We therefore raised the question: How are we able to incentivise all those decentralised minds of trained auditors, security researchers and white-hat hackers who are able to predict and spot vulnerabilities with high accuracy to share their knowledge in real time?
We therefore propose a bug prediction market. This gives researchers a direct chance to capitalize their knowledge, by placing bets on the security of a given smart contract after it’s been deployed, when it’s alive and kickin’ and when missed, exploitable bugs are engraved in the database of the underlying blockchain forever.
Notice that we take advantage of the fact that smart contracts are immutable — making them tamper proof betting targets — and public — every researcher can challenge his or her insights against the source; those properties that made them prone to exploits in the first place.
By setting focus on the post-development lifecycle of a smart contract, we acknowledge that increasing software complexity increases the likelihood of remaining bugs and there is nothing that you can do in preparation to circumvent this truth.
Applications of a bug prediction market
This is especially true in an environment that is still evolving and where new attack vectors are discovered at a fast pace, like the integer flow problem, that occurred quite recently in a wide range of ERC-20 tokens: a weird transaction created 115 octodecillion BeautyTokens, shortly followed by 5 octodecillion Smart Mesh Tokens. Security Researchers quickly found the issue and started publishing about it.
This created a lot of confusion amongst investors, leaving them uncertain about the impact on their portfolio and planned deals.
Here’s where bug prediction markets shine. They incentivise researchers to review and evaluate the security impacts of discovered vulnerabilities for contracts that made their risk assessment tradable: Developers can earn real money by betting on their own research, giving the investors an all-clear or at least a chance to get rid of endangered positions.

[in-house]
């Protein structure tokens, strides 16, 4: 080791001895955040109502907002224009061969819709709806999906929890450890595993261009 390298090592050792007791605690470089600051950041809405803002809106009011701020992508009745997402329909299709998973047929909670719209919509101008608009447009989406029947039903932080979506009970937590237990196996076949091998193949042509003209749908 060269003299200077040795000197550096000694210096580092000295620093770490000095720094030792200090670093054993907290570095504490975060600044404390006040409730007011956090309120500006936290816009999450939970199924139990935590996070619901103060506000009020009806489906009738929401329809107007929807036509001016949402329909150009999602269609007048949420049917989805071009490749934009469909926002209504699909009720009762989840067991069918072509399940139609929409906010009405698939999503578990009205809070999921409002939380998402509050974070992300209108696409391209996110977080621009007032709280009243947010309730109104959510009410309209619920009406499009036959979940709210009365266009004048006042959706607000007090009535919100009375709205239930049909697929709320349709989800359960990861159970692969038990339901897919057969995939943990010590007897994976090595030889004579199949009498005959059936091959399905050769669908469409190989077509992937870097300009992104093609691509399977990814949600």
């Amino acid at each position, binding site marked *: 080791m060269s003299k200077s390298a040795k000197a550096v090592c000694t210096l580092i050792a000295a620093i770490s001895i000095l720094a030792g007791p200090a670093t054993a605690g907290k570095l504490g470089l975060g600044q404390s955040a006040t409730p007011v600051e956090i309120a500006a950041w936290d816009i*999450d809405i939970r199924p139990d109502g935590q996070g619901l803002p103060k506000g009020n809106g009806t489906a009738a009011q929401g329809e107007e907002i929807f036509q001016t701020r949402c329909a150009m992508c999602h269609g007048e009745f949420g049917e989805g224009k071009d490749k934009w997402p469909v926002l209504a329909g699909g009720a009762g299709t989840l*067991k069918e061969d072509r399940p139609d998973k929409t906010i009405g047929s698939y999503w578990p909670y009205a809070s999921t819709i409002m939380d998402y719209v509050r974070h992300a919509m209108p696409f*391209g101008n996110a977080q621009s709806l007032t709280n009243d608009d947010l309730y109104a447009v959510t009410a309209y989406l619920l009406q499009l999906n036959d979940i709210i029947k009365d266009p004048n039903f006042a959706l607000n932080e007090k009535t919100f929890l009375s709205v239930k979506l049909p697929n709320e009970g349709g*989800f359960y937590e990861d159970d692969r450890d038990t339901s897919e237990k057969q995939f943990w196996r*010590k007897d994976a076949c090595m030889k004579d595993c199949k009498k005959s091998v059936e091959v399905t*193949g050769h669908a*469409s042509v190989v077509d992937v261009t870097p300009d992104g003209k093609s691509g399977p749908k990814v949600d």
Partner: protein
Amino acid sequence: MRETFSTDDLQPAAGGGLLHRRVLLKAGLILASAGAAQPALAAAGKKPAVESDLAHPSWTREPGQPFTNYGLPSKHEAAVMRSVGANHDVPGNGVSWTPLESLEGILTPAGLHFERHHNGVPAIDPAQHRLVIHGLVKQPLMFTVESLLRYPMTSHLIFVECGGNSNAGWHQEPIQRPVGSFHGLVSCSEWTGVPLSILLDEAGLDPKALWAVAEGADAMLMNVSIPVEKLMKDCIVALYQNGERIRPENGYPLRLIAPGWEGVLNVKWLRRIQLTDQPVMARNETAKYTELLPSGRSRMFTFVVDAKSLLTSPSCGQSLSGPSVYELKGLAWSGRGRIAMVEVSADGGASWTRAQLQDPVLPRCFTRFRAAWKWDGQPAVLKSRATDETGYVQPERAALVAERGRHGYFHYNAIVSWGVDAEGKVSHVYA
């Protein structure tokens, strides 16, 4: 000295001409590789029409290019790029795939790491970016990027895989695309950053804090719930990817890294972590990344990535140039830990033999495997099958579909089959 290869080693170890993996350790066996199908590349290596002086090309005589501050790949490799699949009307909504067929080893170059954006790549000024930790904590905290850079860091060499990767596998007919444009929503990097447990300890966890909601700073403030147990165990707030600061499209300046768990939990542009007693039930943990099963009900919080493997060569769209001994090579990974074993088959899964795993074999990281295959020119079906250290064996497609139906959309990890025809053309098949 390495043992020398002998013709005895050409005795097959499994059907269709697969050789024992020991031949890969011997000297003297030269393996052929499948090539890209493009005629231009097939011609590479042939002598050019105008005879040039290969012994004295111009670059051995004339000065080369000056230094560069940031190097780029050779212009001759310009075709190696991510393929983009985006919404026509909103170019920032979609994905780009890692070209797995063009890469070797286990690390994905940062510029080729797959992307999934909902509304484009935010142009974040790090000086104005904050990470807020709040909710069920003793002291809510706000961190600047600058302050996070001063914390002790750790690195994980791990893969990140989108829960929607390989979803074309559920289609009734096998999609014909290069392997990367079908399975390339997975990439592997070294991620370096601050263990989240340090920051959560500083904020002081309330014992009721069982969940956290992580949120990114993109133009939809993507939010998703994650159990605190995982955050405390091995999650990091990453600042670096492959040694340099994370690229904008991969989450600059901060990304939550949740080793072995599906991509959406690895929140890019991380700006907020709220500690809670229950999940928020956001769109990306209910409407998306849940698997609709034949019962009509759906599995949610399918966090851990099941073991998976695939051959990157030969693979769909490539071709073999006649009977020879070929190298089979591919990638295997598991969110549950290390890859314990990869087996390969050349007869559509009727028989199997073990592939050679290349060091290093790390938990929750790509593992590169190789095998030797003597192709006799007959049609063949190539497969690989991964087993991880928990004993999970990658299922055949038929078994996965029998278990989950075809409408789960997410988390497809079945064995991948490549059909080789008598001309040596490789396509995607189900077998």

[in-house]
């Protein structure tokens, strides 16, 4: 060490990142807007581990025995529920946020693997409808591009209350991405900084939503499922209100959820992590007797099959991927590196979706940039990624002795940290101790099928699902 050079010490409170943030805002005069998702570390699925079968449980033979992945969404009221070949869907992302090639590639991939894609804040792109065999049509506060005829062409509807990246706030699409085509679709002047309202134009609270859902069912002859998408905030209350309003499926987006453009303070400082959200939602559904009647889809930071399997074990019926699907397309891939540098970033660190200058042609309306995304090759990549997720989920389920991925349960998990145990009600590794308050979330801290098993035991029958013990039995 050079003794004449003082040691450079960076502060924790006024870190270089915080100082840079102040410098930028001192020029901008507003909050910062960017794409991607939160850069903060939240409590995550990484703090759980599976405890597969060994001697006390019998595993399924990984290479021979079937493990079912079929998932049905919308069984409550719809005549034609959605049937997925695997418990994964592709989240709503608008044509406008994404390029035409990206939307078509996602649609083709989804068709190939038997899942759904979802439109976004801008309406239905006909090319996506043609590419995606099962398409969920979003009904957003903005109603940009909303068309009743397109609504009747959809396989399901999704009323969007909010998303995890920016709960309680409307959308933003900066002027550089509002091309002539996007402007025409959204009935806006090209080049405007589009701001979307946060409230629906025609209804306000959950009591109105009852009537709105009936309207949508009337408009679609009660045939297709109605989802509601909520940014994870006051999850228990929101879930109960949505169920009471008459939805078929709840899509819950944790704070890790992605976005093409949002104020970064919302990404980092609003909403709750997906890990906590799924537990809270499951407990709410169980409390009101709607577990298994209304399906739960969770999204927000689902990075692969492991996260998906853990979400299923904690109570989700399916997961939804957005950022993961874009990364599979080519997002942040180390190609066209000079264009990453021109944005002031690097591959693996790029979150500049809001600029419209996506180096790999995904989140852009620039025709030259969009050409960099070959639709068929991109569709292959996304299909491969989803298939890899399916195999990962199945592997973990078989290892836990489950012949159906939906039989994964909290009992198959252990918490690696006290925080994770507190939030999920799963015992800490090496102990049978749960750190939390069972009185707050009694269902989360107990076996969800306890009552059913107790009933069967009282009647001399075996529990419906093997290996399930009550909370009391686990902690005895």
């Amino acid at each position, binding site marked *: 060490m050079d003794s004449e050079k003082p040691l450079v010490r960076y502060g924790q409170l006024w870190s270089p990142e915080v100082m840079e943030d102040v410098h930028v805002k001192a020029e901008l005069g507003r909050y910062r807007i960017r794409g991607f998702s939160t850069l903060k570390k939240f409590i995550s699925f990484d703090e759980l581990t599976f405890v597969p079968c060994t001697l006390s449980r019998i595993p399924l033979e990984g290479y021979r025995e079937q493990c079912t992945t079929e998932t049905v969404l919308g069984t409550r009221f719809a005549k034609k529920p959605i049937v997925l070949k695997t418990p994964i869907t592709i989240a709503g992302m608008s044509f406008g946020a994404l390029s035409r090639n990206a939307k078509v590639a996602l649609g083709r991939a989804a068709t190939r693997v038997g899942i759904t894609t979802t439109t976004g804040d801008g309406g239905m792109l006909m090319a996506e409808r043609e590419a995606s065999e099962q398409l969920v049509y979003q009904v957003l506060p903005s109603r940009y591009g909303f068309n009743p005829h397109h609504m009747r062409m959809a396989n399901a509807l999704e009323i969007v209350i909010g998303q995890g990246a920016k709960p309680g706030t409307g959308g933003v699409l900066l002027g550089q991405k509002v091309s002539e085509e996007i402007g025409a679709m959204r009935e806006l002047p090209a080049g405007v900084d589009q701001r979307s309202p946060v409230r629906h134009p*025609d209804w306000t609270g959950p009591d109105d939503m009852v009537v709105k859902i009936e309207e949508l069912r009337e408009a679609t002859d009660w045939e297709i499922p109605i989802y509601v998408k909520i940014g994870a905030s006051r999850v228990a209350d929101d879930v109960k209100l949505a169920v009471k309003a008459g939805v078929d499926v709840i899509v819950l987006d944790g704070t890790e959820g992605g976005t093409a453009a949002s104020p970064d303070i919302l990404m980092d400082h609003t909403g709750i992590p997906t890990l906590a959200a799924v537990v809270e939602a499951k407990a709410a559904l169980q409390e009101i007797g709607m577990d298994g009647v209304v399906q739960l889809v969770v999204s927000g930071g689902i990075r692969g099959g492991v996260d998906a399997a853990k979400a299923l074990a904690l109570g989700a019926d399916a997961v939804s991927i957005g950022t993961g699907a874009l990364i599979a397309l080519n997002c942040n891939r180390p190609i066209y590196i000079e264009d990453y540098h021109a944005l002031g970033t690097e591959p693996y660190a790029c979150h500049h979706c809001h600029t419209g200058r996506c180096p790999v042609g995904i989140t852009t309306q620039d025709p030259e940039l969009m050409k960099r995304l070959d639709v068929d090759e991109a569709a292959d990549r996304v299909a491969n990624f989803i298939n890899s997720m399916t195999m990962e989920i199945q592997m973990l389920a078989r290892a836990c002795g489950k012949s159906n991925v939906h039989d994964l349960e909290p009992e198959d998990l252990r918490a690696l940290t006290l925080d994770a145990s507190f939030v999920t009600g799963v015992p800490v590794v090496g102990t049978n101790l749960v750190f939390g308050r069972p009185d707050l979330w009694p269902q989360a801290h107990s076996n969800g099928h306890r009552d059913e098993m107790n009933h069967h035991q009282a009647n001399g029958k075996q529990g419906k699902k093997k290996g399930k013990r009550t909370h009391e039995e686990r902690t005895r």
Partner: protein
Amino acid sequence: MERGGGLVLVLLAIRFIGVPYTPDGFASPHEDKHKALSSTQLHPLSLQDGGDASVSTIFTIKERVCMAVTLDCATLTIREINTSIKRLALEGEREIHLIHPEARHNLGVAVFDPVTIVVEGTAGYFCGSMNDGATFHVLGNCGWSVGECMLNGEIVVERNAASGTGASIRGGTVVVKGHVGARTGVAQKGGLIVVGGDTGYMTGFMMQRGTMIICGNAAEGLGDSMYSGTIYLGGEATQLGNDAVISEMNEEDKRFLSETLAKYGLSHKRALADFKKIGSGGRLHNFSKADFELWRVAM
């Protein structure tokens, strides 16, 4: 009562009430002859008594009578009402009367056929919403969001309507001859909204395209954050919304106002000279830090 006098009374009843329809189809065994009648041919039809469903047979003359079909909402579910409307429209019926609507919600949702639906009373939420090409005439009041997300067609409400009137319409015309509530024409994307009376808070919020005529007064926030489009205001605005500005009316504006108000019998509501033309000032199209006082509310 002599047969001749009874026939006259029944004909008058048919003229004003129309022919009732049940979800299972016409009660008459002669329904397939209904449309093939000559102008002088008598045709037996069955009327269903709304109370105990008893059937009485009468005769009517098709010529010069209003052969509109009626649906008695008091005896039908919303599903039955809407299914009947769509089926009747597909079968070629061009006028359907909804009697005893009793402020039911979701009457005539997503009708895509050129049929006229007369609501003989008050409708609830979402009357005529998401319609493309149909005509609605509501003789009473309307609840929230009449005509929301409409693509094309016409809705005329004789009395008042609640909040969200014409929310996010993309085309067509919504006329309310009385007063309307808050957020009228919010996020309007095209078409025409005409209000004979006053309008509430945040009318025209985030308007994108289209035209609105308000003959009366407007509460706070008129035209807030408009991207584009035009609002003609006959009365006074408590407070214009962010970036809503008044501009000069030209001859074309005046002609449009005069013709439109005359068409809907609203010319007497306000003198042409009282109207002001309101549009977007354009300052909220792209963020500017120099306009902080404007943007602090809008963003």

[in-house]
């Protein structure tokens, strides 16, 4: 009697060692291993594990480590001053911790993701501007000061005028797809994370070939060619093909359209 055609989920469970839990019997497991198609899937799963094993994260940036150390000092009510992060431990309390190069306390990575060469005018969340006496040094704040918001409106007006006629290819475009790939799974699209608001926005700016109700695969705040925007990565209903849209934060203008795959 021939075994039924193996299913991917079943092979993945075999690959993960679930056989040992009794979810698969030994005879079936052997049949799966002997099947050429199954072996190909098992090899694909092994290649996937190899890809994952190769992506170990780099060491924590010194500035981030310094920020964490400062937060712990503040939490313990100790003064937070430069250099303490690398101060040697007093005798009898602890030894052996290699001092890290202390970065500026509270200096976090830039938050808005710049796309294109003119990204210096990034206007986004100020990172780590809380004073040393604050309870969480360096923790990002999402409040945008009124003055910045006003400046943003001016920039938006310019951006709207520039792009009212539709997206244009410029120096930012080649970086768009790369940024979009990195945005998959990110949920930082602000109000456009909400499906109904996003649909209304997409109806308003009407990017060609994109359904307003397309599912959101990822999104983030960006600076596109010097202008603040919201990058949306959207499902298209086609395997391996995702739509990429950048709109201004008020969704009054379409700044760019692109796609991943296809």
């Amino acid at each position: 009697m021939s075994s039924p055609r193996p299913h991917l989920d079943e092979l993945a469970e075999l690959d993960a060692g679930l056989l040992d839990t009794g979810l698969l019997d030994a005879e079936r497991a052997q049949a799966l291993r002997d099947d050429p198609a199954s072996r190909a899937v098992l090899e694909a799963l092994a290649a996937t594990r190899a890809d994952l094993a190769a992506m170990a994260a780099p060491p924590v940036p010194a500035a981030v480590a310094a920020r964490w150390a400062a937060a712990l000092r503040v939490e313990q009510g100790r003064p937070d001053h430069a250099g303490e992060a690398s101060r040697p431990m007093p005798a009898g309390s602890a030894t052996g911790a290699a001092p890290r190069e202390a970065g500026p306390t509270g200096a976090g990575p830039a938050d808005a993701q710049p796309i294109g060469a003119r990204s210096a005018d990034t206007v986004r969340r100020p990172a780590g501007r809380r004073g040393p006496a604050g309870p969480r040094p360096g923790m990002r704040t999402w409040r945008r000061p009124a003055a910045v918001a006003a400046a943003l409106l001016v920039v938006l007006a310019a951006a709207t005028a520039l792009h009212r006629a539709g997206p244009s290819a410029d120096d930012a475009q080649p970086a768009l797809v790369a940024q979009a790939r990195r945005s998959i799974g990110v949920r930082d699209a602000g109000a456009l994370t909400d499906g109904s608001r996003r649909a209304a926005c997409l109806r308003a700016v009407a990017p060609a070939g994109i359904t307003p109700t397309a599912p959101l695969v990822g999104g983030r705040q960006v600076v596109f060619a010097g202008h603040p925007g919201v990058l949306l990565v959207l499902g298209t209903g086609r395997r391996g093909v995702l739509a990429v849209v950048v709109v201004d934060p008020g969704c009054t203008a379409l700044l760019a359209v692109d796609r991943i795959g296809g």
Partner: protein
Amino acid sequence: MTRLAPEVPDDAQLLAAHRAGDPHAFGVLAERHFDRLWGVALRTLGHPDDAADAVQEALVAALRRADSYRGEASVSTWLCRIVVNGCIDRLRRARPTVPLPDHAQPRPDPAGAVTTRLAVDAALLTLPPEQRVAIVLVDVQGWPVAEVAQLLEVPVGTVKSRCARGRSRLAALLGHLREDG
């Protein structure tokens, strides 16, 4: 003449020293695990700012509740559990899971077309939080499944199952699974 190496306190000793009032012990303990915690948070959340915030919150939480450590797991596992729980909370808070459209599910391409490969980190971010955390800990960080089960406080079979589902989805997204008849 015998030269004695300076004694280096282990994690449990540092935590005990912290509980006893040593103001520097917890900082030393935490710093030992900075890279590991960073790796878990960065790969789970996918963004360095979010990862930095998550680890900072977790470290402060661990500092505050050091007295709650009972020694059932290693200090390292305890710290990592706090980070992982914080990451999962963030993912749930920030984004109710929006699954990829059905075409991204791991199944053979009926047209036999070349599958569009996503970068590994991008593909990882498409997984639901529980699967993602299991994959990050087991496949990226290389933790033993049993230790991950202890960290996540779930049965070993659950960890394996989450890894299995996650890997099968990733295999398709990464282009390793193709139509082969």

Giving white hat hackers an additional incentive to monitor business critical contracts closely (which are likely to have higher payouts) is not the only advantage. Imagine the one “accidentally” shutting down the parity wallet would have had the chance to make a fortune instead of cutting out people of their hard earned cryptos — history may have been written differently.
Risk & Rewards
At Solidified, we are deeply committed to squeezing out every valuable input we can get from the developer community before smart contracts go live. We are actively applying best practises, best in class tooling and the greatest talent in the auditing process. However, there’s more to that: Security is not something to be achieved, it’s a moving and evolving target — more important than ever once a dApp reaches production. To capture its confidence metric and to know where you stand in relation to security of a contract is a battle half-won.
Risks in smart contracts aren’t a show stopper to mass adoption. People and businesses take risks all the time — it’s the evil twin of rewards. The challenge is to make it measurable — if it can be measured, it can be managed. In business terms that means that a proper risk assessment can be performed.
We do have a signal for this now. Come to Solidified to learn more.